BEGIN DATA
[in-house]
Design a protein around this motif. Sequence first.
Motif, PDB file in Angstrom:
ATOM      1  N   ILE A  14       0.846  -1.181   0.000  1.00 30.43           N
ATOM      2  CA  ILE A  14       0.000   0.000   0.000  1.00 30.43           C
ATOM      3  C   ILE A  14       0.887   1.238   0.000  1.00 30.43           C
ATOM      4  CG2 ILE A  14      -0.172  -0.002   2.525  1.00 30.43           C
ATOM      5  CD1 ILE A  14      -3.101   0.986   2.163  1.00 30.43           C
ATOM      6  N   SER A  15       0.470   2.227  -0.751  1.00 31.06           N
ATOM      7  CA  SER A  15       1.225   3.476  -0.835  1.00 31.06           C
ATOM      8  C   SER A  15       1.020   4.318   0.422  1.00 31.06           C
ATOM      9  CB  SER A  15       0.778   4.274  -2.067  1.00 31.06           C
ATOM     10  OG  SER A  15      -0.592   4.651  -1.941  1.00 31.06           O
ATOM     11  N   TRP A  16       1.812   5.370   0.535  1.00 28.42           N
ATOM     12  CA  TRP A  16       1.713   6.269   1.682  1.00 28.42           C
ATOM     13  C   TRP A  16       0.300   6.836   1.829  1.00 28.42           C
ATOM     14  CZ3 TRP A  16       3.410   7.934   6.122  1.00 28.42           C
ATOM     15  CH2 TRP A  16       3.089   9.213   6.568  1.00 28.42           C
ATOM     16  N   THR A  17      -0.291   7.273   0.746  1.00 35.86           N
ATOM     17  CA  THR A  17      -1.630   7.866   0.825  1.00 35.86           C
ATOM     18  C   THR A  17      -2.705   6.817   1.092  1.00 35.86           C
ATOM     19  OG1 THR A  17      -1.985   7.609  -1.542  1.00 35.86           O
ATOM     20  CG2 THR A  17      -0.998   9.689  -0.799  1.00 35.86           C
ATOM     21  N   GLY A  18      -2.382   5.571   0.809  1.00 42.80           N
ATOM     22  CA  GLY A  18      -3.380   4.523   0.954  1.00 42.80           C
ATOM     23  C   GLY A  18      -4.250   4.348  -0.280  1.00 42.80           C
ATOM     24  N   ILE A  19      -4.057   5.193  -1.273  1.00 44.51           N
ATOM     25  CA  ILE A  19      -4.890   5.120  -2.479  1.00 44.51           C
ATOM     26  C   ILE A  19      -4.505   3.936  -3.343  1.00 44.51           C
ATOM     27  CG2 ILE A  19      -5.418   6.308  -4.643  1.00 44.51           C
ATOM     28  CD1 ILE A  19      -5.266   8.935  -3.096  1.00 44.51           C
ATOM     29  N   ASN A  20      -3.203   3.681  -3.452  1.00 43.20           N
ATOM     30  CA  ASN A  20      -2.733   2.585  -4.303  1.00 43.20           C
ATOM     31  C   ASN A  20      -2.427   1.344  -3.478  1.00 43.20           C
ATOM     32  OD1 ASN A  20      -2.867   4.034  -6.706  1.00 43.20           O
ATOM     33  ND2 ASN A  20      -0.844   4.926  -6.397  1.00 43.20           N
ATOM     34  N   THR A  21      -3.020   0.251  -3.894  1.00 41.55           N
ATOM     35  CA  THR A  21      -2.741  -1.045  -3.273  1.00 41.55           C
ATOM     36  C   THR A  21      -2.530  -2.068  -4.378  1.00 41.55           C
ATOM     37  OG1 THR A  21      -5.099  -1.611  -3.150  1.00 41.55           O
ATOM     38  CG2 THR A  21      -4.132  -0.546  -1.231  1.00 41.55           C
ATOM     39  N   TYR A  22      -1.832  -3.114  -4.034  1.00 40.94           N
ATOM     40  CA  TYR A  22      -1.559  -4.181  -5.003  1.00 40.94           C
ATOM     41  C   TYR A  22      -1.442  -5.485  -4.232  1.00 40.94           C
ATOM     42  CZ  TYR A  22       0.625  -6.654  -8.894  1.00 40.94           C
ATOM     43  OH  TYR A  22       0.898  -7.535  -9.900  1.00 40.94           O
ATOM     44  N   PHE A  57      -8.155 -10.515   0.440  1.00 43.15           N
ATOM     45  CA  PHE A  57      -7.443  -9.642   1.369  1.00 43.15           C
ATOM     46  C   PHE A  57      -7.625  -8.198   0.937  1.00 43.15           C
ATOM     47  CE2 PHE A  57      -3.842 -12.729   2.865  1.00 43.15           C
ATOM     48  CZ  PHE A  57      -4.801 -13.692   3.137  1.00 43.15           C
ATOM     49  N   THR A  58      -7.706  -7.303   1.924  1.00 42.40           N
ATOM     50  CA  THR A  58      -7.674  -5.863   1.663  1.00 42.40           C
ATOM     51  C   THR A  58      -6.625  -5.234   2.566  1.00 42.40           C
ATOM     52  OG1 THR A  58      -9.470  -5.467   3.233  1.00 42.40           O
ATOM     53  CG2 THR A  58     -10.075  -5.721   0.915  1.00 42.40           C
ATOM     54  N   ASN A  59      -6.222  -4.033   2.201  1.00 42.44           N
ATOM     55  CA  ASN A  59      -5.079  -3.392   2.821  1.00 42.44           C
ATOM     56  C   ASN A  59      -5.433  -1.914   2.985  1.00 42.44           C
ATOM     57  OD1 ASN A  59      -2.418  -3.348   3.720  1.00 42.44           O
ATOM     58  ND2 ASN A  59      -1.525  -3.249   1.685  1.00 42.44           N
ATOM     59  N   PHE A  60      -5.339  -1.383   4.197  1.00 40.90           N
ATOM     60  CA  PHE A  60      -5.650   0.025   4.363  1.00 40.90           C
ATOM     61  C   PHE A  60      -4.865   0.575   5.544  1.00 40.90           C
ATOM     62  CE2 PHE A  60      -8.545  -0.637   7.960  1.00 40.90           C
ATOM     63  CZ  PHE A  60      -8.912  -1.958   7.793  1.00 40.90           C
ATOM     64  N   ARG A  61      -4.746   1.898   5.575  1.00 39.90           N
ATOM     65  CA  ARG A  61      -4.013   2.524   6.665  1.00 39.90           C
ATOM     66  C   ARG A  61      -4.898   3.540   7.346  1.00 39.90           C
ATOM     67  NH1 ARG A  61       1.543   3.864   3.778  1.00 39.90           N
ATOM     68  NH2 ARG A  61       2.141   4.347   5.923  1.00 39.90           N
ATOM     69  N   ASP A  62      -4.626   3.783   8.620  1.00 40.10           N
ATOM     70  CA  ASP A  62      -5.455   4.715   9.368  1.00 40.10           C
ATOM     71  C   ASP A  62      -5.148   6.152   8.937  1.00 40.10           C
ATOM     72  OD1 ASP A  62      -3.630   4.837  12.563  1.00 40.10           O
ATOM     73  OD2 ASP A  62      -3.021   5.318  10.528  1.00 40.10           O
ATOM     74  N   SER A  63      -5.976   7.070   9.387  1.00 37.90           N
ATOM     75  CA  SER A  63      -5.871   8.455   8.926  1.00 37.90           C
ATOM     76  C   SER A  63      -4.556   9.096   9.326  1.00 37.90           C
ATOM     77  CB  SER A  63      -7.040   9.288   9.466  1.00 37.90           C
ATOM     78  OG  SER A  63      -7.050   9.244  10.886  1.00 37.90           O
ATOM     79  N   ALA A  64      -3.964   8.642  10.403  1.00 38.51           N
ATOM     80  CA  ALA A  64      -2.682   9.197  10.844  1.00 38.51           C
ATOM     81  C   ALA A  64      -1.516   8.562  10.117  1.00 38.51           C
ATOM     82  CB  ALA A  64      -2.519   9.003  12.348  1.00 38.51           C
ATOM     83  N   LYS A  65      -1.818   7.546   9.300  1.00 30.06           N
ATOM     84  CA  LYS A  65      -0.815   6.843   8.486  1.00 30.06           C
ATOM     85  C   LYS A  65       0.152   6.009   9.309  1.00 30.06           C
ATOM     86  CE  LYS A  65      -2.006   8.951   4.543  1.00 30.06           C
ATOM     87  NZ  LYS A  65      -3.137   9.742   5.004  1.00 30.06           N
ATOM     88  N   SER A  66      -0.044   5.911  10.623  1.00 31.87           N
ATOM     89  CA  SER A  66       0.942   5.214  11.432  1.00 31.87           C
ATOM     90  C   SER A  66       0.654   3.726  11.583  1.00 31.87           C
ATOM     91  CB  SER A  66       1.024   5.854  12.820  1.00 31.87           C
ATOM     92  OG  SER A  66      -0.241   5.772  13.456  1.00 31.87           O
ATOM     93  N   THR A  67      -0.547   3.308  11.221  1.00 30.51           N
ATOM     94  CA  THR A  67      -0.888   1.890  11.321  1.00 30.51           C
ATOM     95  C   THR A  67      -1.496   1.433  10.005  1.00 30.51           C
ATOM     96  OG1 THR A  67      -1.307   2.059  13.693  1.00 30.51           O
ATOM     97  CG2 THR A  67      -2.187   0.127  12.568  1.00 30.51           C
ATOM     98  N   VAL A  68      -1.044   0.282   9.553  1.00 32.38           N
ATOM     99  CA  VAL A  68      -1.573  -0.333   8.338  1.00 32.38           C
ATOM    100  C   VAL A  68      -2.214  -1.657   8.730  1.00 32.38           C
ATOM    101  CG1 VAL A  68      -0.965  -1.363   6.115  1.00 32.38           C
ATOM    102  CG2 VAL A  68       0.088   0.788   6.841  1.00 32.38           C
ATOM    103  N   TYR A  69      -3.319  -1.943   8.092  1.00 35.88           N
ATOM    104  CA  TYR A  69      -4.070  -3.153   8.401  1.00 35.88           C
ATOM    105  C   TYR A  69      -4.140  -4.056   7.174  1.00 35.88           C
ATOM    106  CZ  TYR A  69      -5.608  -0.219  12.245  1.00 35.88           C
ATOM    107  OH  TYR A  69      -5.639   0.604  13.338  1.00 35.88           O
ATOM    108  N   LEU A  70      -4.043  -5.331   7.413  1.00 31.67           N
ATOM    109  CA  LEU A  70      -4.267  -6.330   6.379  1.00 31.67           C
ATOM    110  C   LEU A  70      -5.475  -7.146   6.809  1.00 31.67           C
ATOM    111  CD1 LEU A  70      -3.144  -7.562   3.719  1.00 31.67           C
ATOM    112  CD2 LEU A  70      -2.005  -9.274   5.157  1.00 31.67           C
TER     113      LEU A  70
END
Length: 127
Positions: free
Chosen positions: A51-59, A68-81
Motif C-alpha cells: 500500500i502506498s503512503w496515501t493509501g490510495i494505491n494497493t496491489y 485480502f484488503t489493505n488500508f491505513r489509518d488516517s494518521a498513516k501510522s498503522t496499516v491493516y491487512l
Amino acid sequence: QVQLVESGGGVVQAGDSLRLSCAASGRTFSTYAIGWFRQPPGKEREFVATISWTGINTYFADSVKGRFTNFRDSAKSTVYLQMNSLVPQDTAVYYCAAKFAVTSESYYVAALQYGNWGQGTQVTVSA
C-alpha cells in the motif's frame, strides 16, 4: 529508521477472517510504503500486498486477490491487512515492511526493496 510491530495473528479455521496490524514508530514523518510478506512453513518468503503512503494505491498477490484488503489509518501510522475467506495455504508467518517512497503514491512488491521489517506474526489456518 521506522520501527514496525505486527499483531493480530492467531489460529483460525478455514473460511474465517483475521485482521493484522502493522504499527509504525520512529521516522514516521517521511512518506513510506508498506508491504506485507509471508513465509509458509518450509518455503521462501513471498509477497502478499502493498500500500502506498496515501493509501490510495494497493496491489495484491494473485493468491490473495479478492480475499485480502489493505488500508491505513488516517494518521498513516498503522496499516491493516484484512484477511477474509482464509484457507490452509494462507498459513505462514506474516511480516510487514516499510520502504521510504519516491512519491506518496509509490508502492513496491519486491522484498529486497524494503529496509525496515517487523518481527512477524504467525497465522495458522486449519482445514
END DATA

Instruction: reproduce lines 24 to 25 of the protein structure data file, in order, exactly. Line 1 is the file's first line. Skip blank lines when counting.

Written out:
ATOM     21  N   GLY A  18      -2.382   5.571   0.809  1.00 42.80           N
ATOM     22  CA  GLY A  18      -3.380   4.523   0.954  1.00 42.80           C